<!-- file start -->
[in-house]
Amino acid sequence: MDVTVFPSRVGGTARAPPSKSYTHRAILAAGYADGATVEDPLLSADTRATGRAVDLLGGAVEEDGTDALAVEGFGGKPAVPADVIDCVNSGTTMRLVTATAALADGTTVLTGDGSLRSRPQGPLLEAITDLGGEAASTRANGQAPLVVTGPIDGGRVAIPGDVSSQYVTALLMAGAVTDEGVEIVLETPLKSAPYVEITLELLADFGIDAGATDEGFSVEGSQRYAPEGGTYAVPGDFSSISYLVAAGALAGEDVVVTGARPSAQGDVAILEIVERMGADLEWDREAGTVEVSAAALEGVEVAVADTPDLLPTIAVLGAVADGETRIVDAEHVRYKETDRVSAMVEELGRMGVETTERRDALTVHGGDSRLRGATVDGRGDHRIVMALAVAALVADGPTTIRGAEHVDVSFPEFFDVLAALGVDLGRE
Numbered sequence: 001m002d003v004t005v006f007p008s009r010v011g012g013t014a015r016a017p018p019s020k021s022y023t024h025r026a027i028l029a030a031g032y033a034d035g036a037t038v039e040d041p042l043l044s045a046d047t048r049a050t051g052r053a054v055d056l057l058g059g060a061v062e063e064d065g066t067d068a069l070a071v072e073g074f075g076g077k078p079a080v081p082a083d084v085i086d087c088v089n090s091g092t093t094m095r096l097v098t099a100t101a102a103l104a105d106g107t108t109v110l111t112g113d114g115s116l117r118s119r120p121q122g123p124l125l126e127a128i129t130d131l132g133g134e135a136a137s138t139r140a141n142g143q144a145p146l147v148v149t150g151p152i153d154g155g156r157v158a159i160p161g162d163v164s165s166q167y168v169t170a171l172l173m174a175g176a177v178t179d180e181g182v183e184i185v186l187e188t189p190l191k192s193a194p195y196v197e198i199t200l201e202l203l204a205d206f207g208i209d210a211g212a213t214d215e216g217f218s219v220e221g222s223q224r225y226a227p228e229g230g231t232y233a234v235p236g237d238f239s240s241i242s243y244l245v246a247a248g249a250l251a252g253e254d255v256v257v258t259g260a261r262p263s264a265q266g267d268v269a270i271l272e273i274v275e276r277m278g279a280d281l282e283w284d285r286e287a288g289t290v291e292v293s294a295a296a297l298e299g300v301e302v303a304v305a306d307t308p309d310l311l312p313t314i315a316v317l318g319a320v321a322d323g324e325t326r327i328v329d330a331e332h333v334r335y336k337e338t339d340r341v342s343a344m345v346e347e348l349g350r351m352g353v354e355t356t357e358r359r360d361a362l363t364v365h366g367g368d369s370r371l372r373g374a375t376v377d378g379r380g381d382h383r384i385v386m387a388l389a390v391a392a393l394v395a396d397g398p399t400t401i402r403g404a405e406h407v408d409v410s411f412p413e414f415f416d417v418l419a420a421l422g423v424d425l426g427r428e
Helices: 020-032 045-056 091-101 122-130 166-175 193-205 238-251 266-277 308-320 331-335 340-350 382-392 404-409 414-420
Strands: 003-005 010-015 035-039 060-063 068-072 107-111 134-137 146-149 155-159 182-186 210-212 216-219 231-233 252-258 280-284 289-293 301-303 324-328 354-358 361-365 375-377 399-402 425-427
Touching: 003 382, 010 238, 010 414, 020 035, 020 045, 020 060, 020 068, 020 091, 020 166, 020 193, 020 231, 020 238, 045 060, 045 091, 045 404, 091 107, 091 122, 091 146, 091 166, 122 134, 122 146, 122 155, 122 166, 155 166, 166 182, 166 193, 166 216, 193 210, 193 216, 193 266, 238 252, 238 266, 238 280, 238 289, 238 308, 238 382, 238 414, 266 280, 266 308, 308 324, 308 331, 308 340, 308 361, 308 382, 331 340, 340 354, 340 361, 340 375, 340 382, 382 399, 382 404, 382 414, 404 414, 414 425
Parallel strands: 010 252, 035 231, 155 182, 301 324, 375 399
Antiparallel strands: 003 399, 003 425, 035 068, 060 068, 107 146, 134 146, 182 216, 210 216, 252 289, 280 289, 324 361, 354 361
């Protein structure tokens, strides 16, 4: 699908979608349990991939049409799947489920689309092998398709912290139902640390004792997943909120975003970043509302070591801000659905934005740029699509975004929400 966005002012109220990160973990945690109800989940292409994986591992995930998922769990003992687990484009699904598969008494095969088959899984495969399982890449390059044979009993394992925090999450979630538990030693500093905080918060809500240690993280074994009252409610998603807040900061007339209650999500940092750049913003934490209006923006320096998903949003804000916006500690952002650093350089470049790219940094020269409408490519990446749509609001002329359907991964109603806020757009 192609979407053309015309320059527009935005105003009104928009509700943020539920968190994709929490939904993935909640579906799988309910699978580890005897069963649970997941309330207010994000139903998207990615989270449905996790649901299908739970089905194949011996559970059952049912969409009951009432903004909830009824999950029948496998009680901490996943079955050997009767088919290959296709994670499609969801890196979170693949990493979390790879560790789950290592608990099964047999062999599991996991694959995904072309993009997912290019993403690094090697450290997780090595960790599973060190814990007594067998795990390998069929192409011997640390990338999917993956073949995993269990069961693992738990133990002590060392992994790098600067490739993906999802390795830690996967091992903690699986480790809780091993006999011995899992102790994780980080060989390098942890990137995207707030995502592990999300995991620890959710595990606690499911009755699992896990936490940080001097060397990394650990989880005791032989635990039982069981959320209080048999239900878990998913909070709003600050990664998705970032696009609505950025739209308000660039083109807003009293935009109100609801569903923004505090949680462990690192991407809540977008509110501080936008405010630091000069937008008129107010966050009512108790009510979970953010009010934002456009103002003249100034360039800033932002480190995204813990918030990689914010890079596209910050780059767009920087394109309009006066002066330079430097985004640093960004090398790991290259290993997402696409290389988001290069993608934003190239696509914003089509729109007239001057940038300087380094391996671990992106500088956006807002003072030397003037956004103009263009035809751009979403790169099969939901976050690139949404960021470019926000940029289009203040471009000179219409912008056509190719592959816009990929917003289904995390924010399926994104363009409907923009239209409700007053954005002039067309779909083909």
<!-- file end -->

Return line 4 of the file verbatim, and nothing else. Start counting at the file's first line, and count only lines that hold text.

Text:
Helices: 020-032 045-056 091-101 122-130 166-175 193-205 238-251 266-277 308-320 331-335 340-350 382-392 404-409 414-420